How long pink eye lasts depends on the type of pink eye that you have contracted.
Viral conjunctivitis: 8-10 days
Bacterial conjunctivitis: 3-5 days following antibiotic treatment
More Info: Conjunctivitis (also known as pink eye) is caused by allergies, an object in the eye, or bacterial or viral infections, which are the most frequent causes of this problem. It is a fairly common and annoying disease, but it rarely results in long-term damage to the eye or serious vision problems.
If you develop this condition, your physician will suggest that you avoid those allergens that you know may trigger an allergic reaction. When the allergens, including pollen, are both airborne and seasonal, that is difficult to do. Since this is the case, oral antihistamines are the usual treatment, along with eye drops to reduce itching, swelling, and redness.
If your allergic conjunctivitis is unusually severe or fails to respond to standard treatments, you may have to undergo immunotherapy, and certain tests will be performed to identify the source of your allergies. For several years, tiny amounts of that allergen will be injected under the skin, and you will gradually become less sensitive to it.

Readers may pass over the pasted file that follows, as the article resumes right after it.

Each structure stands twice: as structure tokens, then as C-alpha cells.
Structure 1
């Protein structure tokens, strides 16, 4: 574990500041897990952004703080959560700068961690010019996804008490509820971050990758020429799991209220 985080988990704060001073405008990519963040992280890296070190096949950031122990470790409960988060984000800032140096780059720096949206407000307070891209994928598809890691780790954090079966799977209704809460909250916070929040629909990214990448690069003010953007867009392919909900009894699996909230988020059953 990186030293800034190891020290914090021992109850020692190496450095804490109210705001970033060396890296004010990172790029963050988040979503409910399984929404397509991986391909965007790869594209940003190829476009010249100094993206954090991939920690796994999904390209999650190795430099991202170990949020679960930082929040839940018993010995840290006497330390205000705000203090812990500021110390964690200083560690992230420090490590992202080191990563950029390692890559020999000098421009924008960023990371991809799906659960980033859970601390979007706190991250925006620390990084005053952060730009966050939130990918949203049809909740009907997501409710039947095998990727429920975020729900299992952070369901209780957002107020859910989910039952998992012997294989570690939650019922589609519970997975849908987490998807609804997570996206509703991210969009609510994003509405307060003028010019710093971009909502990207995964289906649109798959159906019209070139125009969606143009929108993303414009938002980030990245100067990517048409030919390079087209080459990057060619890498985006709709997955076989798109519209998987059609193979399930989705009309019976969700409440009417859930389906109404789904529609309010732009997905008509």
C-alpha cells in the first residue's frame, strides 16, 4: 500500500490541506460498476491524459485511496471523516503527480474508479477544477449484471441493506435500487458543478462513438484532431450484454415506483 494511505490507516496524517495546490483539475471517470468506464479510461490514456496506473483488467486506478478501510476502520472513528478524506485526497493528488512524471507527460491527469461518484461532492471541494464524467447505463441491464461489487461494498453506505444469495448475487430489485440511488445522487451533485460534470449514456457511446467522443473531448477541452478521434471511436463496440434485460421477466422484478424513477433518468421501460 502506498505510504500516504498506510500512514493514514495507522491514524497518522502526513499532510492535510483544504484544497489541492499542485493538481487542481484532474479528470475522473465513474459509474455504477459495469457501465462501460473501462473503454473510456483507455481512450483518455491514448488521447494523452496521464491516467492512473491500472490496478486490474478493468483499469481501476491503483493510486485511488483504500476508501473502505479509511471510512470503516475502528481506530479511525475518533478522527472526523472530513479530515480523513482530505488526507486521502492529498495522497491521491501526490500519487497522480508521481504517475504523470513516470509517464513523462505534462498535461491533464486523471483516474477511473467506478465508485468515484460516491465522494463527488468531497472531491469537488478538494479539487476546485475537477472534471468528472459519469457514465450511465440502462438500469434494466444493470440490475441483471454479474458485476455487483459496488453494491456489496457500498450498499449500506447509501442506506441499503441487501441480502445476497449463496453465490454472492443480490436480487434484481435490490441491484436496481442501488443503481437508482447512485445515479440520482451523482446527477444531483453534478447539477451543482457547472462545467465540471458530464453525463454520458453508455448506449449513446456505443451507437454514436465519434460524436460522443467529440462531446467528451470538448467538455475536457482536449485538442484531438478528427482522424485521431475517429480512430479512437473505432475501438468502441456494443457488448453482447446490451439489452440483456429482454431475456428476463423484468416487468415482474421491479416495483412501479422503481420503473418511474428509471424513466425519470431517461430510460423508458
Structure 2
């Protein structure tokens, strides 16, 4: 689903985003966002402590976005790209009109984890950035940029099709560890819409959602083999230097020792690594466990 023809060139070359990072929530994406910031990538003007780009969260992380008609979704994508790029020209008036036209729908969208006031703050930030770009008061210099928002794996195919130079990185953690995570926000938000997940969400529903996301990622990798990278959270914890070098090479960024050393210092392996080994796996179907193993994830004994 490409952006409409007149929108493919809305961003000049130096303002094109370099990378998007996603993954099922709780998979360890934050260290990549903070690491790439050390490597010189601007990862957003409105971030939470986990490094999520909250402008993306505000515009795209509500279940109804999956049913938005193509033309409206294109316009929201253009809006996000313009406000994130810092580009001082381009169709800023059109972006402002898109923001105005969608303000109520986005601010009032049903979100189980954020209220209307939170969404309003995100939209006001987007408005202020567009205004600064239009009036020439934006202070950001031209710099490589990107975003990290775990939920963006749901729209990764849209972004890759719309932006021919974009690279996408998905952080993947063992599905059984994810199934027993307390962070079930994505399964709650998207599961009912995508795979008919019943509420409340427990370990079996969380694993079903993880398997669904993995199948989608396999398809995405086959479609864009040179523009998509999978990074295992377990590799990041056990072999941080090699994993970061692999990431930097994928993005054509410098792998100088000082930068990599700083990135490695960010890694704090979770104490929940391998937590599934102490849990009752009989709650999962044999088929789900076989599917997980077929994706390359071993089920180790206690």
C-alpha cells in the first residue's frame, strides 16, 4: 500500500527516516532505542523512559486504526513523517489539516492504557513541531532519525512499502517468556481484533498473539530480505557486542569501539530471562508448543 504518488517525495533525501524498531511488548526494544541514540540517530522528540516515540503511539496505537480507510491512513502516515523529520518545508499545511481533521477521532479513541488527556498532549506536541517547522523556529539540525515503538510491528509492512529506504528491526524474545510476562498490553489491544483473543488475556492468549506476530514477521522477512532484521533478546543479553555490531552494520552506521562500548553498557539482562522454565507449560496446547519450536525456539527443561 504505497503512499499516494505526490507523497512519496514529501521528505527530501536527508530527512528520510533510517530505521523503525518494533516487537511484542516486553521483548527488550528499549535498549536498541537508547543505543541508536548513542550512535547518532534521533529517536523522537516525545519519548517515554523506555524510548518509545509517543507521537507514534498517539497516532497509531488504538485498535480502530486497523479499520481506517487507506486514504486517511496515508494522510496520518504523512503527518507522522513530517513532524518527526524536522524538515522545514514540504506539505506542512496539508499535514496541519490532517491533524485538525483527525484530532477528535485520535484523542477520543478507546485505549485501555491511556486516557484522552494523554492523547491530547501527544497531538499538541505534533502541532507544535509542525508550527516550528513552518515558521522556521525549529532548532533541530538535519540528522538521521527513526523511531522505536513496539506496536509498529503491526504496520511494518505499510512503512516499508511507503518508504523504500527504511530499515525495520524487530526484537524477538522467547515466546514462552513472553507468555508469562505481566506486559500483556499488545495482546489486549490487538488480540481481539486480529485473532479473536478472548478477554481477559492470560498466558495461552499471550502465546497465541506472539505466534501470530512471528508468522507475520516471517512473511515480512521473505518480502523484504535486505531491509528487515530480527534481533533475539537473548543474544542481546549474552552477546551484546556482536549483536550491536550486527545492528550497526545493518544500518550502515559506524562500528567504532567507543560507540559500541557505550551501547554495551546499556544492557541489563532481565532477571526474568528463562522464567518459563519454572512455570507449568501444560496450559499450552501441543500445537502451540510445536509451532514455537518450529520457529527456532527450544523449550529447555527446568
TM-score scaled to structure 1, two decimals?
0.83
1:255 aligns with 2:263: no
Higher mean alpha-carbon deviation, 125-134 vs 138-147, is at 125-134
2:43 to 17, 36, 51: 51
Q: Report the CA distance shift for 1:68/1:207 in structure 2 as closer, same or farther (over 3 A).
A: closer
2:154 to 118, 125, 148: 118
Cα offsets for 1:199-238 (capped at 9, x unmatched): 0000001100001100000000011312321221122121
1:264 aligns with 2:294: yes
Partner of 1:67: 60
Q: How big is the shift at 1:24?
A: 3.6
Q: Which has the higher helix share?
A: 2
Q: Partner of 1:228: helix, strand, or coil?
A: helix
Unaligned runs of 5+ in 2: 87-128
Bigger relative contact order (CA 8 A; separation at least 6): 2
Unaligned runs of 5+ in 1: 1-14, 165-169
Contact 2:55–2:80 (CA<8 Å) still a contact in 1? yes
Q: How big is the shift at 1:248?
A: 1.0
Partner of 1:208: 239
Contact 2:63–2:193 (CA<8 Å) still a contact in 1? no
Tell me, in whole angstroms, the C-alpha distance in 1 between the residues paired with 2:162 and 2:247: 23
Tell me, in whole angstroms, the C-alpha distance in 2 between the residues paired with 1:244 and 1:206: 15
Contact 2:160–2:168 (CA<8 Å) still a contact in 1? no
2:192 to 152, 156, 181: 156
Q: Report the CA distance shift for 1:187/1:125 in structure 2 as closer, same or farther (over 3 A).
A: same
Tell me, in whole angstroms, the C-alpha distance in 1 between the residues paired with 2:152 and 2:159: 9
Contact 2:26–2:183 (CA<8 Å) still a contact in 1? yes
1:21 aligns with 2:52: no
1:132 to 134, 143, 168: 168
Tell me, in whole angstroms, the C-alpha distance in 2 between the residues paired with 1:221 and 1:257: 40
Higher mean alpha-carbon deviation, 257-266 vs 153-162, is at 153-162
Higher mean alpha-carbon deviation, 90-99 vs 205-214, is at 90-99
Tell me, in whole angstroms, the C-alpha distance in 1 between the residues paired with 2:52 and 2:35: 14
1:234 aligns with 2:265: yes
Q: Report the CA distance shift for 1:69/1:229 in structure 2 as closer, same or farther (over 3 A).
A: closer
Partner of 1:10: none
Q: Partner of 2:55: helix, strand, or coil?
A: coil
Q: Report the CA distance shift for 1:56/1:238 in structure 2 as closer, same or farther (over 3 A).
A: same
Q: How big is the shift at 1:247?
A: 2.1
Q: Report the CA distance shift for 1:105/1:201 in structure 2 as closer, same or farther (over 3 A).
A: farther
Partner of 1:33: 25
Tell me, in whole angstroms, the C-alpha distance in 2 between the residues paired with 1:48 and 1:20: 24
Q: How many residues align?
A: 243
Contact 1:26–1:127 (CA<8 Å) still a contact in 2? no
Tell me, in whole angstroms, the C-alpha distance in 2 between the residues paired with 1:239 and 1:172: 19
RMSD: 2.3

Viral conjunctivitis generally clears up on its own, without any specific treatment, but to relieve the annoying symptoms, your doctor may prescribe antihistamine pills and eye drops. Your condition should improve with 8 to 10 days, depending on its severity.
Bacterial conjunctivitis is usually treated with antibiotic ointment or eye drops, and your condition should improve with a few days, once you start the treatment. Note also that every type of conjunctivitis can be improved by carefully bathing the eye area with a clean washcloth and cool or lukewarm water to remove any discharge you may have.
Be sure to notify your doctor if you experience any of these symptoms: severe eye pain, changes in your vision, pain when you move your eyes, there is no improvement within two days of treating the problem with medication, your eyes become extremely sensitive to light, or you still have drainage after using the medication as directed.
“ISDH: Conjunctivitis (Pink eye).” IN.gov: Home. N.p., n.d. Web. 20 July 2010. http://www.in.gov/isdh/21205.htm.
“Eye Allergies and Conjunctivitis.” Penn State Hershey. N.p., n.d. Web. 20 July 2010. http://www.hmc.psu.edu/healthinfo/c/conjunctivitis.htm.
“University of Richmond Health Center: Pink Eye.” University of Richmond Health Center. N.p., n.d. Web. 20 July 2010. http://healthcenter.richmond.edu/ailments/pink.html.